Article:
With an improved economic outlook, South Africa’s Gross Domestic Product (GDP) is projected to come in at 1% in 2018, up from the 0.7% projected last year, Finance Minister Malusi Gigaba said on Wednesday.
“The 2017 GDP growth projection has been revised upward to 1%, which is higher than the 0.7% expected at the time of MTBPS [Medium Term Budget Policy Statement] last year. We are anticipating growth of 1.5% in 2018, rising to 2.1% in 2020,” said the Minister as he tabled the 2018 Budget in the National Assembly.
According to the Budget Review, the improved outlook flows from strong growth in agriculture, higher commodity prices and an incipient recovery in investor sentiment.
Tabling the R1.67 trillion budget, Minister Gigaba said while the forecast has improved, there are policy interventions that need to be made.
“While this is a good start, there are immediate policy interventions that we need to make to ensure that we create the right environment for investment, growth and employment.
“While global risk factors remain elevated, the world economy continues to provide a supportive platform for South Africa to expand trade and investment,” said the Minister, noting that world economic growth is at its highest level since 2014 and continues to gather pace.
Tabling his maiden Budget Speech, Minister Gigaba – who was appointed to the Portfolio following a March 2017 Cabinet reshuffle – admitted that 2017 had been a difficult one for the South African economy.
“It would be remiss of me not to acknowledge that last year was particularly difficult for our economy. The year was characterised by slow economic growth, recession, ratings downgrades, and heightened concerns regarding the governance and sustainability of key state-owned companies.”
“Despite this, the country’s economic growth outlook has improved over the past few months because of strong growth in the primary sector of the economy – particularly agriculture – as well as a welcome recovery in investor sentiment and business confidence. Over the medium term, the growth outlook is higher than projected in last year’s MTBPS,” said the Minister.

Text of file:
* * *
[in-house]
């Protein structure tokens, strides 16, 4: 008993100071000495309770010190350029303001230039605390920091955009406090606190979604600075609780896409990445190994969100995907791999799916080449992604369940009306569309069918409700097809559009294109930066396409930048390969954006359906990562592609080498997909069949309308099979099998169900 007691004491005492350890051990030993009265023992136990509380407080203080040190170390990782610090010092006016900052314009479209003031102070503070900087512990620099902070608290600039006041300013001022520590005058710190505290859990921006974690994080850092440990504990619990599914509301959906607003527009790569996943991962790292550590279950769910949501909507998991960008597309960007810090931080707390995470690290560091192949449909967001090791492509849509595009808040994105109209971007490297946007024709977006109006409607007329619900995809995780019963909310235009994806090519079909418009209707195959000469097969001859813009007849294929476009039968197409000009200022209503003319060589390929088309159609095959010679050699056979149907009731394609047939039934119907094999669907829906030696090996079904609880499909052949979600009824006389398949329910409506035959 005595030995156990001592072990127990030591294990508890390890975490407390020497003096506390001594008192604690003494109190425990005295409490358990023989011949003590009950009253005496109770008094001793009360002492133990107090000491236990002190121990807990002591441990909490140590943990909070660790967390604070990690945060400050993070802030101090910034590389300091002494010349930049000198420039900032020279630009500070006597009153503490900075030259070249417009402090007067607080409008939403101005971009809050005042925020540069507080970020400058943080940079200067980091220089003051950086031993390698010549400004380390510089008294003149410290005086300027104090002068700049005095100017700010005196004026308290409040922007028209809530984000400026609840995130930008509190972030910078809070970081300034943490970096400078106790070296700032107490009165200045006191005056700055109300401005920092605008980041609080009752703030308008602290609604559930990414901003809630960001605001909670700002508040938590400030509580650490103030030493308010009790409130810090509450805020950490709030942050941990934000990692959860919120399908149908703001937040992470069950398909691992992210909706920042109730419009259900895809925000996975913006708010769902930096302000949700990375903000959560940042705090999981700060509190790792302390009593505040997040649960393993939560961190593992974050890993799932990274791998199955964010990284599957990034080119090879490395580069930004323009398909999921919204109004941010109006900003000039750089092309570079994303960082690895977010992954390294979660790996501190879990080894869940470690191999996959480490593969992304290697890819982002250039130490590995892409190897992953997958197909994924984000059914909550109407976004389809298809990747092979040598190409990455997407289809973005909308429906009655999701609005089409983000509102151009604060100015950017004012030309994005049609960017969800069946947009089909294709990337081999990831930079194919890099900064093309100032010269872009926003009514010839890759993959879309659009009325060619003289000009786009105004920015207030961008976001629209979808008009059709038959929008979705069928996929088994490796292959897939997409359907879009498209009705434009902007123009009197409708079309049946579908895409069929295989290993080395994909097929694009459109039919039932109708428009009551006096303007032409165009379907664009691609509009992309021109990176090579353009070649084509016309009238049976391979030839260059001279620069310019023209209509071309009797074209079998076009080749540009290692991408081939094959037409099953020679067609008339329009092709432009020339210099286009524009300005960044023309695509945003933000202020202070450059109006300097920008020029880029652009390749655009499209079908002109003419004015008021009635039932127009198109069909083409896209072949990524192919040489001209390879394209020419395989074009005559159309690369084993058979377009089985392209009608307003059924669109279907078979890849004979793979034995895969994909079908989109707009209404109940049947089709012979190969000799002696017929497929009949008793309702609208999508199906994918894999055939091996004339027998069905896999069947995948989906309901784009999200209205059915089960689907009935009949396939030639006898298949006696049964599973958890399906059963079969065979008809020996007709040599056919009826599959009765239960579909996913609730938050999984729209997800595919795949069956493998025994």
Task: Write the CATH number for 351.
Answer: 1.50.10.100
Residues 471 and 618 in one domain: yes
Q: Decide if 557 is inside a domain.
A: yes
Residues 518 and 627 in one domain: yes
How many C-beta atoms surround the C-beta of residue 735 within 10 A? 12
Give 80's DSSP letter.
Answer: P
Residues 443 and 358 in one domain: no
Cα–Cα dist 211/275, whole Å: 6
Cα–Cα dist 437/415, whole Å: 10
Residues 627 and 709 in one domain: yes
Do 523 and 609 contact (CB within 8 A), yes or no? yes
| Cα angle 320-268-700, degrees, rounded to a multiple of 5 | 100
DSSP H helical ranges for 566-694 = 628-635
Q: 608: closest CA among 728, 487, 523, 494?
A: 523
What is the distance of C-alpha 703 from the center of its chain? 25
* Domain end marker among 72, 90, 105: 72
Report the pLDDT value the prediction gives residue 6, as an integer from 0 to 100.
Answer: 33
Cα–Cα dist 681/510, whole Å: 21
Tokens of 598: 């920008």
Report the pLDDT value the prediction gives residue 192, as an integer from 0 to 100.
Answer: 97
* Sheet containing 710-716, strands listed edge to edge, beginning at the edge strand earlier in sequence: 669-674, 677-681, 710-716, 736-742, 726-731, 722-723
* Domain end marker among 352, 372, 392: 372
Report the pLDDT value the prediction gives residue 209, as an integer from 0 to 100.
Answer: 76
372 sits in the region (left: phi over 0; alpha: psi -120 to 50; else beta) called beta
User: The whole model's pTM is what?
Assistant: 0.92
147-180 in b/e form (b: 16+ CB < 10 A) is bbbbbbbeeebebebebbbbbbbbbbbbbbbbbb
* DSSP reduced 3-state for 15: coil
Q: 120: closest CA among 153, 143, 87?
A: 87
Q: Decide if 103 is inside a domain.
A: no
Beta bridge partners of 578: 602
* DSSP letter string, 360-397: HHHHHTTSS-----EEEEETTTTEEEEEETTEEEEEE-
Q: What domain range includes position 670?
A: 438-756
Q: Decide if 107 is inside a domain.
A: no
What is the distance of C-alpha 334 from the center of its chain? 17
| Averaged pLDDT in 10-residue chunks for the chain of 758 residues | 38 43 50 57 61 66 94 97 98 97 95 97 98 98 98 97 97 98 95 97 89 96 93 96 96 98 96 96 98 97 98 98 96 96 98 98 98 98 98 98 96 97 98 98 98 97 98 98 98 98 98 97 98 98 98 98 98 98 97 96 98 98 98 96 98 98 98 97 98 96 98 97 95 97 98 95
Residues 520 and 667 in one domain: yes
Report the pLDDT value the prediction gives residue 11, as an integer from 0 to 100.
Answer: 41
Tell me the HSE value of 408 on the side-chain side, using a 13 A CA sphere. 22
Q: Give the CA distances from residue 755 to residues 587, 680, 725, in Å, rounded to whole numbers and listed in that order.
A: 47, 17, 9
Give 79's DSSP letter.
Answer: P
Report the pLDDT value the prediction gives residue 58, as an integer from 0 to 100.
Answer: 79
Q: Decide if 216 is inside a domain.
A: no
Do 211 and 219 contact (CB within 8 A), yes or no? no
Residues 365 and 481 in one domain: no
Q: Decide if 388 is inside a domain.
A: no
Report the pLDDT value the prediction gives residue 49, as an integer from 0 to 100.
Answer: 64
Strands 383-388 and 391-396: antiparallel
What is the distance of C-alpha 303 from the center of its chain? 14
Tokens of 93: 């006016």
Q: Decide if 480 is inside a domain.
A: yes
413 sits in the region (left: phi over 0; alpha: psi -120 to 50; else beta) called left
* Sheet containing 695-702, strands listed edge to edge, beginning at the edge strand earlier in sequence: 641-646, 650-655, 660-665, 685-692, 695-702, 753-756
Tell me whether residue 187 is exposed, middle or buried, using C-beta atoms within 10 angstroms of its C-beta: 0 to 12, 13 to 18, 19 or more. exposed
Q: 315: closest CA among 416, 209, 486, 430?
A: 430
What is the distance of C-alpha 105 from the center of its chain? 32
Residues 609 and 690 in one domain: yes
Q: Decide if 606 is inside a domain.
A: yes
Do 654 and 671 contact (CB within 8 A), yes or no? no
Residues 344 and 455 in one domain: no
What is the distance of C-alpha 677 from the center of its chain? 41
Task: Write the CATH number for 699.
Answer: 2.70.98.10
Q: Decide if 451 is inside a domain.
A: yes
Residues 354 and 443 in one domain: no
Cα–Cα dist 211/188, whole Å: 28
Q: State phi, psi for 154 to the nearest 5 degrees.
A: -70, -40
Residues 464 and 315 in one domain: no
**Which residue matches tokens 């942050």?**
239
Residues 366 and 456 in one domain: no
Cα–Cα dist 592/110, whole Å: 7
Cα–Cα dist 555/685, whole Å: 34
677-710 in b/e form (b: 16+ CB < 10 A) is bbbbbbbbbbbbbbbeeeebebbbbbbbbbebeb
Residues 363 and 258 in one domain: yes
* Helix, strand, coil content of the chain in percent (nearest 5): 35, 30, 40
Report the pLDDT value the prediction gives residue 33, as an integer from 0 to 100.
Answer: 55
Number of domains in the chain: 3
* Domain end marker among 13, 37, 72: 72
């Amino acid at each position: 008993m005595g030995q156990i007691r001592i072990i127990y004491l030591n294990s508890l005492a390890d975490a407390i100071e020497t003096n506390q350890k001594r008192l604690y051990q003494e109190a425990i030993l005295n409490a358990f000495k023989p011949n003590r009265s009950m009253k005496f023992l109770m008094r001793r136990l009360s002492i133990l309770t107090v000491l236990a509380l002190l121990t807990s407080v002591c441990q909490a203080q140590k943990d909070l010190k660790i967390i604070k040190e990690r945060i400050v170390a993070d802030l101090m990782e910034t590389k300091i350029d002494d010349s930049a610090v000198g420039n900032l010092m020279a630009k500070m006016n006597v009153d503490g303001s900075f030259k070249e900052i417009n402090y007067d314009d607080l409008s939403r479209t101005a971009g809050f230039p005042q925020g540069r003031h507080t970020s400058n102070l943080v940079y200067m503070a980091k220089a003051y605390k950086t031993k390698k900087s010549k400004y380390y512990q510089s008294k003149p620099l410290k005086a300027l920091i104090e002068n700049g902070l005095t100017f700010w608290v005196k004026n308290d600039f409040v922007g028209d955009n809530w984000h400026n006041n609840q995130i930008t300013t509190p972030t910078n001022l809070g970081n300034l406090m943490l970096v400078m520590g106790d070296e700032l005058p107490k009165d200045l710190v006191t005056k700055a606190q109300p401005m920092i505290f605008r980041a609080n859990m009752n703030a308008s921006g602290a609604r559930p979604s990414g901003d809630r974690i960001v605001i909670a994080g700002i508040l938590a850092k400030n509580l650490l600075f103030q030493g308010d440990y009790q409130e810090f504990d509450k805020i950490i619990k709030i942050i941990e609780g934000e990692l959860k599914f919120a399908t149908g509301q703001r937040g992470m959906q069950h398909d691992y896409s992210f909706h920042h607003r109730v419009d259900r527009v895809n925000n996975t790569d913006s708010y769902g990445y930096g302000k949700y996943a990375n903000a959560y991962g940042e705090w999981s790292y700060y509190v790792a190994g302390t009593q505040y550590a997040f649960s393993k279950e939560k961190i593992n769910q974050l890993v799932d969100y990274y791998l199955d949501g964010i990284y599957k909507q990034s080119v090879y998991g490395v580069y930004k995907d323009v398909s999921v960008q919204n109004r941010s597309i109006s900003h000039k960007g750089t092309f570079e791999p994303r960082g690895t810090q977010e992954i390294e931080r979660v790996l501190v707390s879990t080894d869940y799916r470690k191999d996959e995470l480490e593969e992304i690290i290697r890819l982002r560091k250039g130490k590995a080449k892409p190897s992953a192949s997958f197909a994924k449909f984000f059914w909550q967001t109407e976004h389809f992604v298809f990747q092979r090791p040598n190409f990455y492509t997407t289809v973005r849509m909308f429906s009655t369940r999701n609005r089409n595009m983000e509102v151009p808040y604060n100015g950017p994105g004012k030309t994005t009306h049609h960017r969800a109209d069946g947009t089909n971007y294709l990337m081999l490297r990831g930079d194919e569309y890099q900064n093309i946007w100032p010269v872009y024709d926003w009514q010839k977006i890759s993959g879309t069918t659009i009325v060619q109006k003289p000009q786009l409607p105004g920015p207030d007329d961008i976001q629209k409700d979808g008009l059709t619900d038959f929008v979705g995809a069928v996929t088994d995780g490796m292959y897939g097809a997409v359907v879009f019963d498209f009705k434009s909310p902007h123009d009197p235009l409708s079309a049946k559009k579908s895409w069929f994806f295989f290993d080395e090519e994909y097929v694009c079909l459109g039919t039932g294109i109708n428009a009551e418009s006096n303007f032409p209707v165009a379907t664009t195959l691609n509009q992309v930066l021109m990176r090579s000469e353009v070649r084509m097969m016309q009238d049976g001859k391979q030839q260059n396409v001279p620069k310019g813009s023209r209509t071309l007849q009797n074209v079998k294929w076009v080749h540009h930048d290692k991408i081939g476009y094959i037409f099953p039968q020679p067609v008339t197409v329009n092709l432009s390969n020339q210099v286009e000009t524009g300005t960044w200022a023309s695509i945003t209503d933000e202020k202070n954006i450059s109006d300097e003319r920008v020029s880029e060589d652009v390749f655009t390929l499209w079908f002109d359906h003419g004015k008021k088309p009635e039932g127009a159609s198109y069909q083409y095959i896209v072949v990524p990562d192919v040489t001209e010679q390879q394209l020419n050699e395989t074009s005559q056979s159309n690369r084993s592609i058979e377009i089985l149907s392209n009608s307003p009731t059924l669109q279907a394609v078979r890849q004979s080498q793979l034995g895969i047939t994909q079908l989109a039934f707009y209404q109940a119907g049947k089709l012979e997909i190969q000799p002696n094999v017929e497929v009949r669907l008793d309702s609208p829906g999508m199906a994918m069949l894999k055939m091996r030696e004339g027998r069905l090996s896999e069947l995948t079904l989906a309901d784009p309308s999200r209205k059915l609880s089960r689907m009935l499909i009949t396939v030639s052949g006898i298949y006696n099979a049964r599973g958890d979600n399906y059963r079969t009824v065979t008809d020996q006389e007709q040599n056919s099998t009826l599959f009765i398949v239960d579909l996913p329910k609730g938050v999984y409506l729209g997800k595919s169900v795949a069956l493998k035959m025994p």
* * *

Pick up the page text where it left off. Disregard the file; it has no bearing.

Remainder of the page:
He said the cyclical recovery is matched by a renewed sense of optimism that the government can and will do its work effectively.
“This presents an opportunity for us to do the things required to reignite growth and chart a course towards meeting the objectives of the National Development Plan and fulfilling our constitutional obligations,” he said.
While the growth forecast has improved relative to the 2017 MTBPS, there are major risks to the outlook.
Treasury said a sustained GDP recovery depends on extending the current upturn in business confidence and that continued policy and political uncertainty, and further deterioration in the finances of State-owned companies remain the largest risks to the economic outlook.
Other risks identified include a further downgrade of South Africa’s local currency debt, resulting in the country’s exclusion from the Citi World Government Bond Index. This would result in higher risk premiums and trigger some capital outflows, leading to an increase in borrowing costs, exchange rate depreciation and further deterioration in economic activity.
Meanwhile, Treasury projects inflation to come in at 5.3% in 2018.
This as headline inflation declined to 5.3% in 2017 from 6.3% in 2016. Lower inflation is due to lower food and non-alcoholic beverage prices.
“For 2018, headline inflation is projected at 5.3%, which includes 0.6 percentage points added by tax proposals.”
Electricity inflation, which fell from 9.2% in 2016 to 4.7% in 2017, is expected to stabilise at about 3.7% in 2018, following the regulator’s approval of a 5.2% Eskom tariff increase.
Treasury said the main risks to the inflation outlook remain a weaker-than-expected exchange rate, higher global oil prices and higher average wage growth.